Watching All Pages in a BookEdit

It is a common request for new authors to want to watch all pages in a given book. For some of our more prolific authors, they want to watch all pages in several books! There are several ways to accomplish this:

  1. Add all pages in the book to your watchlist. If you are creating a new book, go to Special:Preferences and check the box "Add pages I create to my watchlist". This will automatically add all the new pages in your book to your watchlist (but will not add pages other people create, automatically). If the book is an existing book, or if other people are working on it too, you might also want to check the box "Add pages I edit to my watchlist". This will automatically add pages that you edit to your watchlist. With all the pages on your watchlist, you can go to Special:Watchlist to see changes to those pages.
  2. Go to Special:RecentChangesLinked and type in the name of your book. If you add a forward-slash and the name of your book, you can create a direct link to this list. For example:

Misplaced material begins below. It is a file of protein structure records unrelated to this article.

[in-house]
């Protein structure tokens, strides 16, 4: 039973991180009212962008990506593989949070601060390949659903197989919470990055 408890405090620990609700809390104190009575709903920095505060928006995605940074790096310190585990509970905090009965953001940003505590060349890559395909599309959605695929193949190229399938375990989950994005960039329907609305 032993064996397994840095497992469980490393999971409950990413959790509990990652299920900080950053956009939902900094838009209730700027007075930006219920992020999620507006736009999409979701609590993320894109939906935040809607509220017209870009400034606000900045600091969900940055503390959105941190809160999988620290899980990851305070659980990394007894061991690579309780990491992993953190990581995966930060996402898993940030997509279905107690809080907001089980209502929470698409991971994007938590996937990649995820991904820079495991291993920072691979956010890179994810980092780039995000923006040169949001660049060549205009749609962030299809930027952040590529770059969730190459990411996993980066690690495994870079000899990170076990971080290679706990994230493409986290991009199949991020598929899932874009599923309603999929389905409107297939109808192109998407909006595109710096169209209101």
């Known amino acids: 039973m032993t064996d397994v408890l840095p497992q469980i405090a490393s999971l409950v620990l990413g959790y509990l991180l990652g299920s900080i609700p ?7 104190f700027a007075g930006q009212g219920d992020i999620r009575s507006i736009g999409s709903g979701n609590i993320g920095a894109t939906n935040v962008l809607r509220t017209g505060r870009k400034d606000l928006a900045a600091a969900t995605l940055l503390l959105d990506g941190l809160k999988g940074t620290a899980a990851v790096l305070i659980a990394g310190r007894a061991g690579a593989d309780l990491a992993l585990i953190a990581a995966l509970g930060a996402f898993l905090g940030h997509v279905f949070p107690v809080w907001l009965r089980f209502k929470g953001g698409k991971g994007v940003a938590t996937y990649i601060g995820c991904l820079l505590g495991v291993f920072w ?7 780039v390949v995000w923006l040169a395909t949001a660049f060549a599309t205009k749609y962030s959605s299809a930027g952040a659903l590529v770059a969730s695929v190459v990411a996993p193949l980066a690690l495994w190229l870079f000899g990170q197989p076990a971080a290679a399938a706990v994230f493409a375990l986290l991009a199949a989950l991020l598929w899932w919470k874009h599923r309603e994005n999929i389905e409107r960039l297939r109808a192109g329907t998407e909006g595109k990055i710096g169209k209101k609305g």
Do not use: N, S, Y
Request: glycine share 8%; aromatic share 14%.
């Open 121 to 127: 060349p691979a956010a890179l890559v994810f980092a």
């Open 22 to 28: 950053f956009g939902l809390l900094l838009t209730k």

DiffsEdit

A "diff" is a special feature that can show you the difference between two versions of a single page. When you view a diff, the changes will be displayed at the top of the page, and the page content will be displayed below.

On the recent changes and watchlist pages, there will be a link next to each edit that says "(diff)". Clicking this link will show you the diff for that edit, showing you what changes have been made to the page. If you see an edit in the recent changes or the watch list that seems suspicious, look at the diff and make sure the edit is a good one.

In the history page, you are given more options. You can use the diff feature to compare any two page versions, not just the most recent edit. In the history page, select the radio buttons for the edits you want to compare and click the button Compare revisions.

If you are editing the pages, and you want to see the diff for your edit before you save it, you can click the Show changes. This will display the diff for the page that you can examine before you save.

CopyeditingEdit